A Case for Christian Resistance if the Supreme Court Forces Gay Marriage

In the fight against same-sex marriage, a number of Christian leaders are warning, “We will not obey. . . . We respectfully warn the Supreme Court not to cross that line,” reads a document titled Pledge in Solidarity to Defend Marriage. “We stand united together in defense of marriage. Make no mistake about our resolve.”

Do they have a biblical case for refusing to comply? If Christians are making a biblical case against same-sex marriage, they need a biblical case for Christian resistance.

“In 1660 John Bunyan disobeyed the law of England by preaching without a license. He was arrested at a church meeting and put in prison so damp that he said it was enough to ‘make the moss grow on one’s eyebrows.’ There he converted his prison into a pulpit and wrote the greatest of all Christian classics, Pilgrim’s Progress. He was told that he would be released if he promised not to further violate the law for which he was imprisoned, but he refused to do so. He was arrested two more times for the same act of disobedience.”1

Bunyan was in good company. Peter and John were arrested “because they were teaching the people and proclaiming in Jesus the resurrection of the dead” (Acts 4:2). Even after their release, like Bunyan, they continued to preach the gospel, “for we cannot stop speaking what we have seen and heard” (v. 20).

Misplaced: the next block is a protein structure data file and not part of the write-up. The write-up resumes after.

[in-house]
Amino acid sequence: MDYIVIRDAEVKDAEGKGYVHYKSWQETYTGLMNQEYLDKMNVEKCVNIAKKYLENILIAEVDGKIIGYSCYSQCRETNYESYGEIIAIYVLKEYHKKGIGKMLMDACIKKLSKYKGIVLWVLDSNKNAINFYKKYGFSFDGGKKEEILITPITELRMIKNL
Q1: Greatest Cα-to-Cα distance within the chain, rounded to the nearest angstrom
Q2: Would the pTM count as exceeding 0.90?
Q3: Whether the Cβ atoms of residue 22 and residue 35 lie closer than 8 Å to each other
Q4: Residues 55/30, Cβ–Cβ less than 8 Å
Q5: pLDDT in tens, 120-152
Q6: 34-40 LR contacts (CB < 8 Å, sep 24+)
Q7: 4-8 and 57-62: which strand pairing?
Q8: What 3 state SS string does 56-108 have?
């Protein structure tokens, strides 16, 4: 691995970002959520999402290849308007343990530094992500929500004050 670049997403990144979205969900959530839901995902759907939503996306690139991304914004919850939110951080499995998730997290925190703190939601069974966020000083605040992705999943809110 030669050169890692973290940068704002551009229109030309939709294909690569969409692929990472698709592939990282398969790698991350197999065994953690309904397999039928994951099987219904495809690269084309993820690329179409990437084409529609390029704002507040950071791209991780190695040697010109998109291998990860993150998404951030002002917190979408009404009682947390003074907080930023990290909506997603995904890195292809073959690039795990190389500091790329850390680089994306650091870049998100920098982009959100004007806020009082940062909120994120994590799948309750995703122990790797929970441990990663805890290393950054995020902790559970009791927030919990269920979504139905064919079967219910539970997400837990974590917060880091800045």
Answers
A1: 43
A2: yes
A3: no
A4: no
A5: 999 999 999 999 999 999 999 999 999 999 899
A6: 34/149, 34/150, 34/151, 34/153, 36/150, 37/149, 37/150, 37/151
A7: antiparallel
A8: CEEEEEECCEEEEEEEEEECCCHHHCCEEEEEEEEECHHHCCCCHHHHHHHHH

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gay-marriage-picSome Christians conclude, based solely on their understanding of Romans 13 and Matthew 22:21 without any consideration of other passages, that Christians are obligated to obey those in authority no matter what the command or circumstances.

As Christians make an impact on society, they can expect harsh treatment from those who have “no king but Caesar” (John 19:15). At the preaching of the gospel, “Jason and some brethren” were dragged “before the city authorities” with the following charge made against them (Acts 17:6): “These men [Paul and Silas] who have upset the world have come here also; and Jason has welcomed them, and they all act contrary to the decrees of Caesar, saying that there is another king, Jesus” (17:6-7; cf. 4:12).

The early Christians faced numerous challenges by angry citizens and powerful ecclesiastical and civil rulers.

Without explicit biblical guidelines, resistance can lead to revolution. The Bible does not support either anarchy or revolution as ways to advance God’s kingdom. The church has always been anti-revolutionary but pro-resistance…

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